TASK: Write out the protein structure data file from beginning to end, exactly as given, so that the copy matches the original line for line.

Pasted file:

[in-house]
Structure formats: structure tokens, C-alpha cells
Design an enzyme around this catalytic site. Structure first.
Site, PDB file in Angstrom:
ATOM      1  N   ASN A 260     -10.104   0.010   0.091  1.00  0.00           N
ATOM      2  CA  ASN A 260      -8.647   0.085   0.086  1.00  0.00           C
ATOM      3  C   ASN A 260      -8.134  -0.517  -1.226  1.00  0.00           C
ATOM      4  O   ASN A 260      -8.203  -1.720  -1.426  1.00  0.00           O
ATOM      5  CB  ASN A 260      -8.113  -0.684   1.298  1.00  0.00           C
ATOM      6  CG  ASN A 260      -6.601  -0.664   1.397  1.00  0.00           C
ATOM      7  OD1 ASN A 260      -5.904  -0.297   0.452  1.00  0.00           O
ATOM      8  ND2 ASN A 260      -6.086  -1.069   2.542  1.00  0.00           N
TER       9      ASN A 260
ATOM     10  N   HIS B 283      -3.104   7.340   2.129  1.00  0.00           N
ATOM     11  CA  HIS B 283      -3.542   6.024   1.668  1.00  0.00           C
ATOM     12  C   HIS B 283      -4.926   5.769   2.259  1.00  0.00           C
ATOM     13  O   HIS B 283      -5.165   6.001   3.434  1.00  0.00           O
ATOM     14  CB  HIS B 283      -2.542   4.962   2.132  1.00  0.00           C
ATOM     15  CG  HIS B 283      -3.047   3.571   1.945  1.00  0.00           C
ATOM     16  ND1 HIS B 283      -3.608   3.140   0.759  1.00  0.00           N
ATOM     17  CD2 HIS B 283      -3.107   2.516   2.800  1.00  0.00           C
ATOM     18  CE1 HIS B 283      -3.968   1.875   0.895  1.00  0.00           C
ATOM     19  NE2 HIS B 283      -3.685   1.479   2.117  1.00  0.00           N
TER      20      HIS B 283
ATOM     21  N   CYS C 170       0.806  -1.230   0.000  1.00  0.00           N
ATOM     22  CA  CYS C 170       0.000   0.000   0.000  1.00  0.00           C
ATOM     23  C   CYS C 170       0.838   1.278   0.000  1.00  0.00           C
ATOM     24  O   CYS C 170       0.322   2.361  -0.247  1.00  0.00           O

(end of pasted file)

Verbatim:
[in-house]
Structure formats: structure tokens, C-alpha cells
Design an enzyme around this catalytic site. Structure first.
Site, PDB file in Angstrom:
ATOM      1  N   ASN A 260     -10.104   0.010   0.091  1.00  0.00           N
ATOM      2  CA  ASN A 260      -8.647   0.085   0.086  1.00  0.00           C
ATOM      3  C   ASN A 260      -8.134  -0.517  -1.226  1.00  0.00           C
ATOM      4  O   ASN A 260      -8.203  -1.720  -1.426  1.00  0.00           O
ATOM      5  CB  ASN A 260      -8.113  -0.684   1.298  1.00  0.00           C
ATOM      6  CG  ASN A 260      -6.601  -0.664   1.397  1.00  0.00           C
ATOM      7  OD1 ASN A 260      -5.904  -0.297   0.452  1.00  0.00           O
ATOM      8  ND2 ASN A 260      -6.086  -1.069   2.542  1.00  0.00           N
TER       9      ASN A 260
ATOM     10  N   HIS B 283      -3.104   7.340   2.129  1.00  0.00           N
ATOM     11  CA  HIS B 283      -3.542   6.024   1.668  1.00  0.00           C
ATOM     12  C   HIS B 283      -4.926   5.769   2.259  1.00  0.00           C
ATOM     13  O   HIS B 283      -5.165   6.001   3.434  1.00  0.00           O
ATOM     14  CB  HIS B 283      -2.542   4.962   2.132  1.00  0.00           C
ATOM     15  CG  HIS B 283      -3.047   3.571   1.945  1.00  0.00           C
ATOM     16  ND1 HIS B 283      -3.608   3.140   0.759  1.00  0.00           N
ATOM     17  CD2 HIS B 283      -3.107   2.516   2.800  1.00  0.00           C
ATOM     18  CE1 HIS B 283      -3.968   1.875   0.895  1.00  0.00           C
ATOM     19  NE2 HIS B 283      -3.685   1.479   2.117  1.00  0.00           N
TER      20      HIS B 283
ATOM     21  N   CYS C 170       0.806  -1.230   0.000  1.00  0.00           N
ATOM     22  CA  CYS C 170       0.000   0.000   0.000  1.00  0.00           C
ATOM     23  C   CYS C 170       0.838   1.278   0.000  1.00  0.00           C
ATOM     24  O   CYS C 170       0.322   2.361  -0.247  1.00  0.00           O